Updated at 2:20 p.m. PDT with Adobe update released; at 12:25 p.m. PDT with Microsoft saying this is a record number of vulnerabilities addressed in Patch Tuesday; and at 11:45 a.m. PDT with comment.
Microsoft has released 10 security updates fixing a record number of Patch Tuesday holes, including one for a critical hole in Internet Explorer 8 that was exploited as part of a hacking contest at CanSecWest in March.
The bulletin addresses 31 vulnerabilities. "It's the most since Microsoft started releasing updates on a regular schedule of the second Tuesday of every month in October 2003," a Microsoft spokesman said.
The June security Patch Tuesday bulletin resolves eight vulnerabilities in IE, the more severe of which could allow remote code execution if a user views a specially crafted Web page. The IE8 vulnerability does not affect Windows 7 RC (build 7100), but does affect Windows 7 beta.
The updates also plug two critical holes in implementations of Active Directory on Windows 2000 Server and Windows Server 2003, and Active Directory Application Mode installed on Windows XP Professional and Server 2003, the worse of which could allow an attacker to take control of a system remotely.
The security update fixes three critical vulnerabilities in Windows Print Spooler that could allow remote code execution if an affected server received a specially crafted RPC (remote procedure call) request.
Several vulnerabilities in Office Word and Excel are addressed in the update that could allow an attacker to remotely run code or take control of the machine using a specially crafted Word or Excel file. The update fixes the PowerPoint vulnerability Microsoft warned in April was being exploited in limited, targeted attacks that was fixed in the Windows version last month.
"We didn't see any in-the-wild exploitations of the (IIS WebDav) vulnerability but typically when Microsoft releases those alerts they're doing it because a customer" has alerted them to an exploit, said Steve Manzuik, senior manager of security research at Juniper Networks.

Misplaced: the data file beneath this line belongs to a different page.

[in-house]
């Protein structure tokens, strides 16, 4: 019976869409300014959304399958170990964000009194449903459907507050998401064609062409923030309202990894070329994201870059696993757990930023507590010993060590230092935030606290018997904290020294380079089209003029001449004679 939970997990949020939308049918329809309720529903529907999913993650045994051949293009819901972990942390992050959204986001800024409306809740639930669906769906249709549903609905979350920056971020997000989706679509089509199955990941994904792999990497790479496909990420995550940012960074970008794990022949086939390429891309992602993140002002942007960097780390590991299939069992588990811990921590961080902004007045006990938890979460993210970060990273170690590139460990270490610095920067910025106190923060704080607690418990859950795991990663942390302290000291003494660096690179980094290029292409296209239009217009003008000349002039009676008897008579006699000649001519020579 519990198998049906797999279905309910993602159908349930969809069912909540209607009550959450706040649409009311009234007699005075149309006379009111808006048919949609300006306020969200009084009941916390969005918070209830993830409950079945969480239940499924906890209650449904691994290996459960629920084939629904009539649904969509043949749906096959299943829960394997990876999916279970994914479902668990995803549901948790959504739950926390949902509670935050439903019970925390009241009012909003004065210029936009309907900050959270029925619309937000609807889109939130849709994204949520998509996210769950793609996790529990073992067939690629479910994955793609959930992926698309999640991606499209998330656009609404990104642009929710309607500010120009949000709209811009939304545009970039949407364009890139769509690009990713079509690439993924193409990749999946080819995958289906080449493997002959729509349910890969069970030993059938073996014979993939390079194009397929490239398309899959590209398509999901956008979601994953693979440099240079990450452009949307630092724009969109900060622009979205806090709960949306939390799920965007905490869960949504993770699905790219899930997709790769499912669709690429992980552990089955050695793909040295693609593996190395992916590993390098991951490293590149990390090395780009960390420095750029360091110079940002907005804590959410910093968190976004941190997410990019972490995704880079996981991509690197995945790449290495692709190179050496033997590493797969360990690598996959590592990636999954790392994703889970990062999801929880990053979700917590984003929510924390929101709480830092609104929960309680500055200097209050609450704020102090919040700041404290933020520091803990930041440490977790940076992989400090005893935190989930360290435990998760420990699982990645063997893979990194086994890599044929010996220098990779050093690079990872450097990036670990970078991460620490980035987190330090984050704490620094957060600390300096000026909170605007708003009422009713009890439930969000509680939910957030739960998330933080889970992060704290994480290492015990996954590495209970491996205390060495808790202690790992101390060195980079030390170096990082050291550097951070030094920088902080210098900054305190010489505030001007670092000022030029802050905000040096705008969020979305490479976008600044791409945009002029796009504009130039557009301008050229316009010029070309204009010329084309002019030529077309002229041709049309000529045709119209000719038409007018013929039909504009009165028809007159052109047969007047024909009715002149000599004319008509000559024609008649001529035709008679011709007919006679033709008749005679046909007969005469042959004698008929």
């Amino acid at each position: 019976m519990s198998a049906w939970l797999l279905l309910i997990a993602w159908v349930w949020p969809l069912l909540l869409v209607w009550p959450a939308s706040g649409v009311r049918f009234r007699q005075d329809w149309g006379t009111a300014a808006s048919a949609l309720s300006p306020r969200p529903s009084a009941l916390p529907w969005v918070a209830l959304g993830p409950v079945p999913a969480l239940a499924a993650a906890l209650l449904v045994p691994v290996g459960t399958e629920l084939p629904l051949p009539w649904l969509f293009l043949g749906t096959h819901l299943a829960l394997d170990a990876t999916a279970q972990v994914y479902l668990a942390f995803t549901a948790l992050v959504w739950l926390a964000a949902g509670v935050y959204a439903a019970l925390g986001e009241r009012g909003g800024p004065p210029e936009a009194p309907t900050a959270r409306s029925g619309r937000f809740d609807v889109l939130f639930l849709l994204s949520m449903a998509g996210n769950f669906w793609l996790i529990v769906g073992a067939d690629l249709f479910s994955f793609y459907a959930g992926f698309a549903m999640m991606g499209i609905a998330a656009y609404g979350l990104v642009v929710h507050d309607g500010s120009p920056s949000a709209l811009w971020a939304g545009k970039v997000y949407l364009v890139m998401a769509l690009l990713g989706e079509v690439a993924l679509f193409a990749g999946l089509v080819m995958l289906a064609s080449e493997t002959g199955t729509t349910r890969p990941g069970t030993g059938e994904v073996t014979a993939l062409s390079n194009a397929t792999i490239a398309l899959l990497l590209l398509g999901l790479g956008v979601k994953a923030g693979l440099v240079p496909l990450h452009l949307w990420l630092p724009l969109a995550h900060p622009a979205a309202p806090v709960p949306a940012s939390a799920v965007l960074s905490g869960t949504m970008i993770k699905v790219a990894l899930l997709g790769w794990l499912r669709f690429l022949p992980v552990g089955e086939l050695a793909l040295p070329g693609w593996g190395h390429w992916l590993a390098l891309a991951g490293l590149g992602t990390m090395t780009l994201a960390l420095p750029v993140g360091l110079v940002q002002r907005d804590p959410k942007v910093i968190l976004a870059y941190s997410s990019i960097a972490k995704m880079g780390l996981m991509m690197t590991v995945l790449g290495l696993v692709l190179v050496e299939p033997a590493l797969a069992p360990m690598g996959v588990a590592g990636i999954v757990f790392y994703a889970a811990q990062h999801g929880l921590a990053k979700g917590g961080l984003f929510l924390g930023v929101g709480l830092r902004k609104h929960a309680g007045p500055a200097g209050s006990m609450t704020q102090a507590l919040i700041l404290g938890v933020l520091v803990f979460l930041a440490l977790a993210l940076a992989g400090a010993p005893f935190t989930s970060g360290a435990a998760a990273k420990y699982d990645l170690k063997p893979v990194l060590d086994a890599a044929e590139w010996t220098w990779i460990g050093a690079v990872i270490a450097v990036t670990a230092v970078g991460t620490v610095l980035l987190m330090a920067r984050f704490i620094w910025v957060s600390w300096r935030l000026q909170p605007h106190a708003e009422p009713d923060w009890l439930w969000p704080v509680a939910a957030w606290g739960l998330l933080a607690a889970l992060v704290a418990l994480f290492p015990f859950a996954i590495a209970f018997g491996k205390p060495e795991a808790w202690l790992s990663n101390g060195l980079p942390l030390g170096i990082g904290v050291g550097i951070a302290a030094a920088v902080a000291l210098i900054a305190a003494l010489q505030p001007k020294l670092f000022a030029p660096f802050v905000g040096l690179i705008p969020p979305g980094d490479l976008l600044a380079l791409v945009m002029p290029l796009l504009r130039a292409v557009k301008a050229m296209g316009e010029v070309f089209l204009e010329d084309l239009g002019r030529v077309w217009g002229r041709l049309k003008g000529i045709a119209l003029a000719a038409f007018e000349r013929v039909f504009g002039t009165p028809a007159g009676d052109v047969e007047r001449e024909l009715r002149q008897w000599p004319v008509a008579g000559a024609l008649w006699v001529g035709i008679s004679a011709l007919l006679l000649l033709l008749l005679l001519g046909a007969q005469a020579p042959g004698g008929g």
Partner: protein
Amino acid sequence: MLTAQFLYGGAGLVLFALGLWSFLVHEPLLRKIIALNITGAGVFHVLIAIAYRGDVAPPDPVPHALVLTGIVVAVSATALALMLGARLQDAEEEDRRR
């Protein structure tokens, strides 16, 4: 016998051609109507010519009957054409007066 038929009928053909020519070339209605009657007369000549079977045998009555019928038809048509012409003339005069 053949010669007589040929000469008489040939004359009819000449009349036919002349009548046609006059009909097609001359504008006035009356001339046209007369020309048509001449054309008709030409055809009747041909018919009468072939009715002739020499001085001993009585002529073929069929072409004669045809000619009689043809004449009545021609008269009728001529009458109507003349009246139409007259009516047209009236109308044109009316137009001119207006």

Also fixed is a critical vulnerability in Microsoft Works Converters, important vulnerabilities in RPC and Windows Kernel. And Microsoft fixed a moderate vulnerability in Windows Search that could allow information disclosure if a user performs a search that returns a specially crafted file as the first result, or if the user previews a malicious file from the search results. By default, the Windows Search component is not preinstalled on Windows XP and Server 2003.
Products affected by the updates include Windows 2000, XP, XP Professional edition, Vista, Server 2003, Server 2008; Office 2000, 2003, 2007, and XP; and Microsoft Office 2004 and 2008 for the Mac.
Other affected software includes Office Excel Viewer; Office Word Viewer; Office Compatibility Pack for Word, Excel, and PowerPoint 2007 File Formats; Works 8.5 and 9.0; and Office SharePoint Server.
The updates did not include a fix for a vulnerability in Microsoft's DirectX streaming media technology in Windows disclosed late last month that could allow someone to take complete control of a computer using a maliciously crafted QuickTime file.
"They probably didn't have time to QA (quality assurance test) it adequately," said Wolfgang Kandek, chief technology officer at Qualys. "It doesn't surprise me because look at how many vulnerabilities they had in this release. It must have been an enormous workload for these teams to fix all of these."
Adobe also issued security updates for Adobe Reader and Acrobat versions 7.x, 8.x, and 9.x for Windows and Macintosh on Tuesday in its first quarterly security update for its popular software for creating and reading PDF files.
The updates, available from Adobe's site, resolve critical vulnerabilities in Adobe Reader 9.1.1 and Acrobat 9.1.1 and earlier versions that could cause the application to crash and could potentially allow an attacker to take control of the system.